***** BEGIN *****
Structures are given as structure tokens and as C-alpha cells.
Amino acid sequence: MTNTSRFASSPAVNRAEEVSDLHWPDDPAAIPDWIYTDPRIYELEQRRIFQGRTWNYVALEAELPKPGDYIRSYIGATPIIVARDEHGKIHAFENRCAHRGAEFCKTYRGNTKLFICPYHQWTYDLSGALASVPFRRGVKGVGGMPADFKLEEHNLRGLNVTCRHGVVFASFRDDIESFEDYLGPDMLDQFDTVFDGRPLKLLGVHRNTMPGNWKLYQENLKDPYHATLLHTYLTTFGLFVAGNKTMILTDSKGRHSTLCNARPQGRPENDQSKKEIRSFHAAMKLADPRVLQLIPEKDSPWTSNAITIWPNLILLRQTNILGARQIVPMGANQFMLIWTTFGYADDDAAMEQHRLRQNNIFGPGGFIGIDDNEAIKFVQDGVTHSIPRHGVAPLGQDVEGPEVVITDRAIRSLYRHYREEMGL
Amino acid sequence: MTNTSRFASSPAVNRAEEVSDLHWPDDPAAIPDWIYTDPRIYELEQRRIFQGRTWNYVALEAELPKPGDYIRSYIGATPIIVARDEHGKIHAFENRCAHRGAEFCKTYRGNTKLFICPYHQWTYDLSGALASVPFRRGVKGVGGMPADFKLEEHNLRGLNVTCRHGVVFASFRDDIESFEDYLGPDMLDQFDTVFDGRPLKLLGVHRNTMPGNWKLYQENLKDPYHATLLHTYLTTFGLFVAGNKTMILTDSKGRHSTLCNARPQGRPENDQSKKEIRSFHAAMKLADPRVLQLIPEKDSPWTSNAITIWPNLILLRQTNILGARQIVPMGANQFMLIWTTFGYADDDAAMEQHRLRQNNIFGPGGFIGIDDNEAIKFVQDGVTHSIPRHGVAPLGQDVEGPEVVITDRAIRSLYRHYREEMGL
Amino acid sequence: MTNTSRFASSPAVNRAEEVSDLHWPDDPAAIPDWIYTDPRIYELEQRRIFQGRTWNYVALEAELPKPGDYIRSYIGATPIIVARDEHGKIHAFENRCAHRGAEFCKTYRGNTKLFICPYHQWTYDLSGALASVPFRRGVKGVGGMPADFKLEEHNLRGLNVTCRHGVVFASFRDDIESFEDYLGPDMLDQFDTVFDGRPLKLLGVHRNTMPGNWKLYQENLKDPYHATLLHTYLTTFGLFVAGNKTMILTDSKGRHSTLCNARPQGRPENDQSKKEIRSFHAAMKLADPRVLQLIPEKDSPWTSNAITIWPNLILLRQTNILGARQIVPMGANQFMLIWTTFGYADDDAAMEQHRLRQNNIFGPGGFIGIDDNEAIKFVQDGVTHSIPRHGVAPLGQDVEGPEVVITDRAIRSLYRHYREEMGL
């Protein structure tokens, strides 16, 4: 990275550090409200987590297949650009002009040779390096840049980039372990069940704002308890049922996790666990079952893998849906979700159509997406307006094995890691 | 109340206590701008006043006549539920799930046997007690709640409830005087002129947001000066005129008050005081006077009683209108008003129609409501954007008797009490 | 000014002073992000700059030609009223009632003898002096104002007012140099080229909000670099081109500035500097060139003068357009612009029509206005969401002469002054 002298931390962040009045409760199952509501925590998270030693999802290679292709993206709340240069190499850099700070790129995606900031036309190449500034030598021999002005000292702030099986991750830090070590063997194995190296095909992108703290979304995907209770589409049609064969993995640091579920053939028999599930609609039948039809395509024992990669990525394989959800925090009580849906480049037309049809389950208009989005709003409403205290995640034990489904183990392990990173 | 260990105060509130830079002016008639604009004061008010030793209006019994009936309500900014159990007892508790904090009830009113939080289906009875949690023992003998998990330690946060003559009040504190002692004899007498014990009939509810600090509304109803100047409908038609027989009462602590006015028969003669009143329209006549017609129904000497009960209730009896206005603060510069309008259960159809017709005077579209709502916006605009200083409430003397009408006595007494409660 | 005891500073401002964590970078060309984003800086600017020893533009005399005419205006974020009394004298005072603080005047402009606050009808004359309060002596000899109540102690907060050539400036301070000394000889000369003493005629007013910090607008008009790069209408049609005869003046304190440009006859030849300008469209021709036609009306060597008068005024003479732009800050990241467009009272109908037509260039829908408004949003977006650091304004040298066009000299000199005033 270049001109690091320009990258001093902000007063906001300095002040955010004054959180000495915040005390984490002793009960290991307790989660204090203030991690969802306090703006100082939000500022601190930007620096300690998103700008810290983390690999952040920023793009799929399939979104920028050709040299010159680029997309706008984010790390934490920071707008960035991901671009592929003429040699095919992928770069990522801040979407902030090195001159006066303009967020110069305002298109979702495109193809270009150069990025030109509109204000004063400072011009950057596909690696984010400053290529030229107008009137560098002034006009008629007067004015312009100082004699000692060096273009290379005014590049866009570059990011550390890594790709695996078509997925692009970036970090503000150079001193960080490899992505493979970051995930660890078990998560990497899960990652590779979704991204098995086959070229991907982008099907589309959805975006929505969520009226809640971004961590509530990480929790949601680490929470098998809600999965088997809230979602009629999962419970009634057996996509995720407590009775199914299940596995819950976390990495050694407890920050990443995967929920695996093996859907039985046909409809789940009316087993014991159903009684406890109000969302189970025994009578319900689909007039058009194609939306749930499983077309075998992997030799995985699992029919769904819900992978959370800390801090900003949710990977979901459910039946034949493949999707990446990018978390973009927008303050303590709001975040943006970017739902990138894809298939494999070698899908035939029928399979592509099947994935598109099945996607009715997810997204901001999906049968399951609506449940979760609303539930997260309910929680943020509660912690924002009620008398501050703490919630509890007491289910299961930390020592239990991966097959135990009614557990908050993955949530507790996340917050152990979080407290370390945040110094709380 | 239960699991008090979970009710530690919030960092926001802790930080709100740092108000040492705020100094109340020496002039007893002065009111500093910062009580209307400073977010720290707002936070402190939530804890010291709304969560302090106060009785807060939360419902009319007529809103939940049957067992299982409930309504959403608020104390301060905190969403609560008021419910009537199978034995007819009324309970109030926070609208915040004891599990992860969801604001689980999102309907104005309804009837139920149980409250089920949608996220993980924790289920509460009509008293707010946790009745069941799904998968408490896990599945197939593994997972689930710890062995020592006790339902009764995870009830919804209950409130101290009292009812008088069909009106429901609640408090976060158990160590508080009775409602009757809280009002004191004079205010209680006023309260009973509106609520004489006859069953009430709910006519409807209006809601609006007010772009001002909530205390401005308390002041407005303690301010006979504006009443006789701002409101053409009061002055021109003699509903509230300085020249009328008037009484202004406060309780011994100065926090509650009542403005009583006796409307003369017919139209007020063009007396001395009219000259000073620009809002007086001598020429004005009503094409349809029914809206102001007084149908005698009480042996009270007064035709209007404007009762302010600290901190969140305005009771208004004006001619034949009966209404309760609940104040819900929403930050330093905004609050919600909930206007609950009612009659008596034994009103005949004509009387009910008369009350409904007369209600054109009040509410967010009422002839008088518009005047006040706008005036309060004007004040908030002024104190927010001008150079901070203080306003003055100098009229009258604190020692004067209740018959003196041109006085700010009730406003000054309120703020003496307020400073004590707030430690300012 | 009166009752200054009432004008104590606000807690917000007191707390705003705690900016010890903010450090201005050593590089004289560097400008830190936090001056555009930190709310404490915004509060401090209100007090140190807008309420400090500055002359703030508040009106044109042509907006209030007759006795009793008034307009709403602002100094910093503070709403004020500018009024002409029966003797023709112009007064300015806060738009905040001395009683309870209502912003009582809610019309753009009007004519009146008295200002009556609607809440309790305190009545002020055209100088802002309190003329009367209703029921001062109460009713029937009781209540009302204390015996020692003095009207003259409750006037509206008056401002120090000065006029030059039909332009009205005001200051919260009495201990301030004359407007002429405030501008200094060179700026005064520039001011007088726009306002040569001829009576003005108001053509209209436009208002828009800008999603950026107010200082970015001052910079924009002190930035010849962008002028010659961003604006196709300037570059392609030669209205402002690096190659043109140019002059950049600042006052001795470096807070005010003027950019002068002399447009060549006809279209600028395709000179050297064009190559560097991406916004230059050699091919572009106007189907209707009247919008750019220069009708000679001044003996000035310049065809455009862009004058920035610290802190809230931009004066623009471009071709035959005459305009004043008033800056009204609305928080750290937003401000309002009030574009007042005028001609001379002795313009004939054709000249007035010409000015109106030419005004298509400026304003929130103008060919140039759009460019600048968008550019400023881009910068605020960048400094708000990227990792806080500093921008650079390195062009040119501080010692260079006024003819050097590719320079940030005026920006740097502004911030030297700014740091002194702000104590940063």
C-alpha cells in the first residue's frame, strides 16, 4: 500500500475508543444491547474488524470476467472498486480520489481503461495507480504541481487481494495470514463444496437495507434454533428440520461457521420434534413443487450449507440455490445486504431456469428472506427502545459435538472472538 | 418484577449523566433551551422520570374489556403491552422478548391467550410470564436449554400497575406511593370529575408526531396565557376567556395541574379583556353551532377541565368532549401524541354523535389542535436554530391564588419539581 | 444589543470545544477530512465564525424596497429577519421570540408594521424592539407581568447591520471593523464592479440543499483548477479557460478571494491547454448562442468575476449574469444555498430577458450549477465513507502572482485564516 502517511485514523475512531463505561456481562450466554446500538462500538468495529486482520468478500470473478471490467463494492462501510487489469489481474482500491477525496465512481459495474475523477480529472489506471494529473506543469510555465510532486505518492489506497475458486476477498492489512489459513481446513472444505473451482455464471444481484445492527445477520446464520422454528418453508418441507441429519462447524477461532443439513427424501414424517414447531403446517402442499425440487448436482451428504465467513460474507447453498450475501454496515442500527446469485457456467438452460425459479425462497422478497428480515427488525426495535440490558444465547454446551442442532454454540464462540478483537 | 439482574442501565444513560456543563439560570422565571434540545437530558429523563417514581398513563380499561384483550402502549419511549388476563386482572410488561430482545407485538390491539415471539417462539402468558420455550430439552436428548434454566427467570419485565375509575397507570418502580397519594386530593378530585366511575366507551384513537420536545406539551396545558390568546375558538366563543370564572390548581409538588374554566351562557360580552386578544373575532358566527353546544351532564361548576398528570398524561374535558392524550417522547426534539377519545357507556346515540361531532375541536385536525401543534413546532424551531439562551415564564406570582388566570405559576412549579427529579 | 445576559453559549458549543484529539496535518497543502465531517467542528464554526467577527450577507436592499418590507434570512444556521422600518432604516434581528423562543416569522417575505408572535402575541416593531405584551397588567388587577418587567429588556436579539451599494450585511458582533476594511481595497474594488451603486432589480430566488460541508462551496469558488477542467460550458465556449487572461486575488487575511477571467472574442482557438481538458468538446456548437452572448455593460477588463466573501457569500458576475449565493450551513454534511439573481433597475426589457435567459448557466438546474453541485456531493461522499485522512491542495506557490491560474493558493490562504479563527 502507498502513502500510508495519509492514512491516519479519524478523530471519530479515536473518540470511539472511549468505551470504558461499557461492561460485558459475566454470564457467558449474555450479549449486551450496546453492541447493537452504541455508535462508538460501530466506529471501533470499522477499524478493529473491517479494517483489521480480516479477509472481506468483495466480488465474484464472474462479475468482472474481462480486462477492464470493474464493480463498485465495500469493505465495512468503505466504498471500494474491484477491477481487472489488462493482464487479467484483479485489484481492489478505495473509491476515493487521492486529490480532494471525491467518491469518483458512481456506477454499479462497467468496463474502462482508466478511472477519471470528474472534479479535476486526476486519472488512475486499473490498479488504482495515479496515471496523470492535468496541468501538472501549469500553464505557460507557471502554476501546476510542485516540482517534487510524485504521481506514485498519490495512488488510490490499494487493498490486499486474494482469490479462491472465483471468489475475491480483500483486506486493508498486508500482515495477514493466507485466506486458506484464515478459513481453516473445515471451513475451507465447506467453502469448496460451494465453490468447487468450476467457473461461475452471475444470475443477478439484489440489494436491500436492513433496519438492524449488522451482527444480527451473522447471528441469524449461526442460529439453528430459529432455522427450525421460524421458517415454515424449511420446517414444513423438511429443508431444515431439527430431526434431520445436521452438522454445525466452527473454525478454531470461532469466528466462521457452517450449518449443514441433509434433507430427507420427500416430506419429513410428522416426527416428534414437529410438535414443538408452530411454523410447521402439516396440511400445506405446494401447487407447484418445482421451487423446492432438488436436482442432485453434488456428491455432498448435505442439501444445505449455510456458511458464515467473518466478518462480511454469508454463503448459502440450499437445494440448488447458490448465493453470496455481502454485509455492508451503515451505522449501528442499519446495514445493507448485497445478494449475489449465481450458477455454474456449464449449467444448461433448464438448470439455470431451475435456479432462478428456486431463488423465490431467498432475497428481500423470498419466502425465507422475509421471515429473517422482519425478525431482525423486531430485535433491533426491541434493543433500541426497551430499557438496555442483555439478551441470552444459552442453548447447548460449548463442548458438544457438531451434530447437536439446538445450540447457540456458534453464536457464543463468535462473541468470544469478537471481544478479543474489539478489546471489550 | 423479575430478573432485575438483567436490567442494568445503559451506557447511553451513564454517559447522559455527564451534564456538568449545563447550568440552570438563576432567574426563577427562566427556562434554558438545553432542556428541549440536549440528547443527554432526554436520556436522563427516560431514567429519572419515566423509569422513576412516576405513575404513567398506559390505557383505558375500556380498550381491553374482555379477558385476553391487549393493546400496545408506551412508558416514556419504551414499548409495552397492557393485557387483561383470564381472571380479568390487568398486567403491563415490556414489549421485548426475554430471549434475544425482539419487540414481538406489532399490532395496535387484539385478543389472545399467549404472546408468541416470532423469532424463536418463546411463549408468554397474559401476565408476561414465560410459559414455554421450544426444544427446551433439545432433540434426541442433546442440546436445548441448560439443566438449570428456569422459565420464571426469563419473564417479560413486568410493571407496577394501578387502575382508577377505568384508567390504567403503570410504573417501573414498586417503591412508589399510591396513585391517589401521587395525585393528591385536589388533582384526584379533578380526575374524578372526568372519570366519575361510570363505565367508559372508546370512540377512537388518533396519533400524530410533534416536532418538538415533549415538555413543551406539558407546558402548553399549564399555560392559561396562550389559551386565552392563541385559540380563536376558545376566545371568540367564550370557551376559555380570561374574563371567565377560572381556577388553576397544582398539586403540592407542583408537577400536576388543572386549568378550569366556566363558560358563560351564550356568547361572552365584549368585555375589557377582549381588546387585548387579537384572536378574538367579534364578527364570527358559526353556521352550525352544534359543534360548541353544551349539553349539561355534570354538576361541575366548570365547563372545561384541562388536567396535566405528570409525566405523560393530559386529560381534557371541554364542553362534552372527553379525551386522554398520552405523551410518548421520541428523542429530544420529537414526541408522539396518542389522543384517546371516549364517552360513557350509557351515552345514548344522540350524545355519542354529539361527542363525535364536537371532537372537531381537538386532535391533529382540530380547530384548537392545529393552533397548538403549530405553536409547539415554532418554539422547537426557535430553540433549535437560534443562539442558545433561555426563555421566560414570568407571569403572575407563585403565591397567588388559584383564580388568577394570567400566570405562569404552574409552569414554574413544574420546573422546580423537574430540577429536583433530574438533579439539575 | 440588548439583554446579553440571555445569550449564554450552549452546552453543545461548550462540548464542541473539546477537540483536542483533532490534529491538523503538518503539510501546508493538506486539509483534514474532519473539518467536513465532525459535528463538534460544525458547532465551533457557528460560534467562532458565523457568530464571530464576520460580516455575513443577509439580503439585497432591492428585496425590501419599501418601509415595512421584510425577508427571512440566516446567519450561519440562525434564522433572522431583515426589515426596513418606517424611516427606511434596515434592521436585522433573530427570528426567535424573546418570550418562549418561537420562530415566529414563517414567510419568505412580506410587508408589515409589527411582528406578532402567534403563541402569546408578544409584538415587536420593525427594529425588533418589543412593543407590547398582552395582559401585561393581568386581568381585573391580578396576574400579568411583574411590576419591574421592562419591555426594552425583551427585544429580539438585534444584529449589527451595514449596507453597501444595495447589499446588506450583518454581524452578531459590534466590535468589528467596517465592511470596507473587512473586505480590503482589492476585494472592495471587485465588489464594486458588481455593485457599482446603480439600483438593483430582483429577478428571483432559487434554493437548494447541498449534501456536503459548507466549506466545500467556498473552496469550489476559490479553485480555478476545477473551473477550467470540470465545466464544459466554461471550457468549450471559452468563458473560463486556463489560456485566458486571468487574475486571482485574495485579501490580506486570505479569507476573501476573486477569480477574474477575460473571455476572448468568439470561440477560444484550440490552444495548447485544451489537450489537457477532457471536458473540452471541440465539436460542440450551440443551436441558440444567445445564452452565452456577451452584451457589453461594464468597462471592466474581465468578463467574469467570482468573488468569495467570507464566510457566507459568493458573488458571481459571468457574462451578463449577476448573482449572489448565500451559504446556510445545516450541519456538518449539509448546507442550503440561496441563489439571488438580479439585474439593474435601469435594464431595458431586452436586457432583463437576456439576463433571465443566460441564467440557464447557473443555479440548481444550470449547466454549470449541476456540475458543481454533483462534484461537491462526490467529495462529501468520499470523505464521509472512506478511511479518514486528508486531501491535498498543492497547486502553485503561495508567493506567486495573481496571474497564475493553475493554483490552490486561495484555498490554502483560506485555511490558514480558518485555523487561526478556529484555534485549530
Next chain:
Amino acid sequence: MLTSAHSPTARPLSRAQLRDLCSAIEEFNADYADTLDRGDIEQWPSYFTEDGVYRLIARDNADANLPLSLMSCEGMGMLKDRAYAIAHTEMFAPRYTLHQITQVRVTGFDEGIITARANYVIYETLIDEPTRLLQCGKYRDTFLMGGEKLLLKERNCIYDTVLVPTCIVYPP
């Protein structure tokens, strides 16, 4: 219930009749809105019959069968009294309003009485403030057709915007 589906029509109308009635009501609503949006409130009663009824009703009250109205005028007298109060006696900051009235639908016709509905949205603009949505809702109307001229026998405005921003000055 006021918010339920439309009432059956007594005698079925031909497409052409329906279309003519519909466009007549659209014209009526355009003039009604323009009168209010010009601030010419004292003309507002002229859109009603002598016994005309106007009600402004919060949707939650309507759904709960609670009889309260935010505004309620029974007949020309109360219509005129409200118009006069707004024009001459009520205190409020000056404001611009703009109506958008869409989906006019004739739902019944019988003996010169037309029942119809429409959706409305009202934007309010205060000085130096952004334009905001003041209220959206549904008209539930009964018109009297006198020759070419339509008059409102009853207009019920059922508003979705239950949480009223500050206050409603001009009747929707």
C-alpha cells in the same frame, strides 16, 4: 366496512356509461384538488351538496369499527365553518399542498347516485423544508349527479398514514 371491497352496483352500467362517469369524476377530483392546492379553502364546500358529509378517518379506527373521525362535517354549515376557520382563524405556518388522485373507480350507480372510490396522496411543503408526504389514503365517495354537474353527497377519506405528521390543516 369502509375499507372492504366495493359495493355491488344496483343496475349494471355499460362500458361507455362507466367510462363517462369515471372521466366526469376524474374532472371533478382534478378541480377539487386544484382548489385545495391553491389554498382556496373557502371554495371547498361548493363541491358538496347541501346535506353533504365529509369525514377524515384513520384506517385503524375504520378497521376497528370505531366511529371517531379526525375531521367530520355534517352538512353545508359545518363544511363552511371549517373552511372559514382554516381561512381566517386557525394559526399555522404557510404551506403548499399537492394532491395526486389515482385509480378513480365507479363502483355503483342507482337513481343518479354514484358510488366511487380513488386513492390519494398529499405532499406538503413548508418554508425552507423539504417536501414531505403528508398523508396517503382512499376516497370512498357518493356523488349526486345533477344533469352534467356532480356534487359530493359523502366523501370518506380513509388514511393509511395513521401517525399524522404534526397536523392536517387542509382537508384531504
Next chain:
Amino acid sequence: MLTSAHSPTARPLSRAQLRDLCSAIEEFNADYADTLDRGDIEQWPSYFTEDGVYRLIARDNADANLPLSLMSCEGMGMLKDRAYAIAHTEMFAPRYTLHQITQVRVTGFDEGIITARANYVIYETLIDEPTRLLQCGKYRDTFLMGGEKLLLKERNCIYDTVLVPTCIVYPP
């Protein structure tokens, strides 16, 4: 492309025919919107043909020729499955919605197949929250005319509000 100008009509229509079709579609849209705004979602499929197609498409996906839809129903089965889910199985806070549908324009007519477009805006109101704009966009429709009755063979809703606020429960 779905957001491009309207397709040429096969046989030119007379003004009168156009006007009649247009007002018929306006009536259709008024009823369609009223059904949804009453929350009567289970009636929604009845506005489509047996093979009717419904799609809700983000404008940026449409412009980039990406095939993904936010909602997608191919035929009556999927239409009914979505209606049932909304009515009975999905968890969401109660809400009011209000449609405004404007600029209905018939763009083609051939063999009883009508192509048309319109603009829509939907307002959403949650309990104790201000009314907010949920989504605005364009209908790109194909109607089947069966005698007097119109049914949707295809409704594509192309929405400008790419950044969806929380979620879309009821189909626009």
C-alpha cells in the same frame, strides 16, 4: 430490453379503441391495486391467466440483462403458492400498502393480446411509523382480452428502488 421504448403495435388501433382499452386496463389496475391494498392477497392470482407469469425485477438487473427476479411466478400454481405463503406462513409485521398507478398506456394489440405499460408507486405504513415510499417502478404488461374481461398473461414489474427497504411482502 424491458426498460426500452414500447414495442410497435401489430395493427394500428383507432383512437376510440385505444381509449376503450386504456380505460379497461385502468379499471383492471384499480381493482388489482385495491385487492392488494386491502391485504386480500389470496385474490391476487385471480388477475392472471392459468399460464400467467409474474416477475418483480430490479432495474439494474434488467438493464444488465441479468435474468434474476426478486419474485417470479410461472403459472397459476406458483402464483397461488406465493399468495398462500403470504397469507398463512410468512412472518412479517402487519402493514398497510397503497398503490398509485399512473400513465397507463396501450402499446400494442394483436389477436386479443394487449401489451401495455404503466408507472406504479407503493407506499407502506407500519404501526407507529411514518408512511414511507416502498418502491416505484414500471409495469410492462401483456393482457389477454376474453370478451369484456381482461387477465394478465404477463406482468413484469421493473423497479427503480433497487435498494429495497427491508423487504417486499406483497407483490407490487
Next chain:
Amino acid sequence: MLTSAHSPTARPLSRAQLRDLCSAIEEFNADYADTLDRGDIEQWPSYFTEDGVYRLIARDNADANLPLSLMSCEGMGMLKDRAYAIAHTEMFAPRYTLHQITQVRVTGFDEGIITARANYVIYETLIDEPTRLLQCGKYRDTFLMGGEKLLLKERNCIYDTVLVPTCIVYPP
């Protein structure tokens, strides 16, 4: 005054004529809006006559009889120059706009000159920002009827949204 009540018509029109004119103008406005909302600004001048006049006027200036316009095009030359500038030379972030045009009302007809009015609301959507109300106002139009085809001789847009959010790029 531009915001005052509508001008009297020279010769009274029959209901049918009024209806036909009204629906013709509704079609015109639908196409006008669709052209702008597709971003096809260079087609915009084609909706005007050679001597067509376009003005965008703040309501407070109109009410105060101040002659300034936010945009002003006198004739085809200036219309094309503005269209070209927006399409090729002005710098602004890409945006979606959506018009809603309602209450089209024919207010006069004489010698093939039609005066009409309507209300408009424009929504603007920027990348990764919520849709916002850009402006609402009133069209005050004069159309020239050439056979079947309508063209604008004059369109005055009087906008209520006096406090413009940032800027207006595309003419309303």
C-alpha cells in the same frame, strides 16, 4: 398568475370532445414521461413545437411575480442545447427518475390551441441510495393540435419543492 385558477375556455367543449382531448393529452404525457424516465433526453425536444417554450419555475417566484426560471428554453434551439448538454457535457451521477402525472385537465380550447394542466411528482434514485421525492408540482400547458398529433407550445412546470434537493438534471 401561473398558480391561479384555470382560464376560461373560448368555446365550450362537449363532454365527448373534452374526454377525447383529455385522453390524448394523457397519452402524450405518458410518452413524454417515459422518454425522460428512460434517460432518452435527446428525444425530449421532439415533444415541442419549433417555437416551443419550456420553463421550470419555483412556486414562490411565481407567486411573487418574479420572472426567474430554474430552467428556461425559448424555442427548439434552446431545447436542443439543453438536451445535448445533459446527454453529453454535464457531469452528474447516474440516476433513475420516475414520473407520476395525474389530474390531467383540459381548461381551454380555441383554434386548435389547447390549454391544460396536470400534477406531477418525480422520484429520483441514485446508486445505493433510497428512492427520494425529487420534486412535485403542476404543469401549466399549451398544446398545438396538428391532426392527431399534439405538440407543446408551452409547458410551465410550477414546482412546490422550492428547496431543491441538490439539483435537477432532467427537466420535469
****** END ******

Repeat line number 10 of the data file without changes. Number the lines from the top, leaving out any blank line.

C-alpha cells in the same frame, strides 16, 4: 366496512356509461384538488351538496369499527365553518399542498347516485423544508349527479398514514 371491497352496483352500467362517469369524476377530483392546492379553502364546500358529509378517518379506527373521525362535517354549515376557520382563524405556518388522485373507480350507480372510490396522496411543503408526504389514503365517495354537474353527497377519506405528521390543516 369502509375499507372492504366495493359495493355491488344496483343496475349494471355499460362500458361507455362507466367510462363517462369515471372521466366526469376524474374532472371533478382534478378541480377539487386544484382548489385545495391553491389554498382556496373557502371554495371547498361548493363541491358538496347541501346535506353533504365529509369525514377524515384513520384506517385503524375504520378497521376497528370505531366511529371517531379526525375531521367530520355534517352538512353545508359545518363544511363552511371549517373552511372559514382554516381561512381566517386557525394559526399555522404557510404551506403548499399537492394532491395526486389515482385509480378513480365507479363502483355503483342507482337513481343518479354514484358510488366511487380513488386513492390519494398529499405532499406538503413548508418554508425552507423539504417536501414531505403528508398523508396517503382512499376516497370512498357518493356523488349526486345533477344533469352534467356532480356534487359530493359523502366523501370518506380513509388514511393509511395513521401517525399524522404534526397536523392536517387542509382537508384531504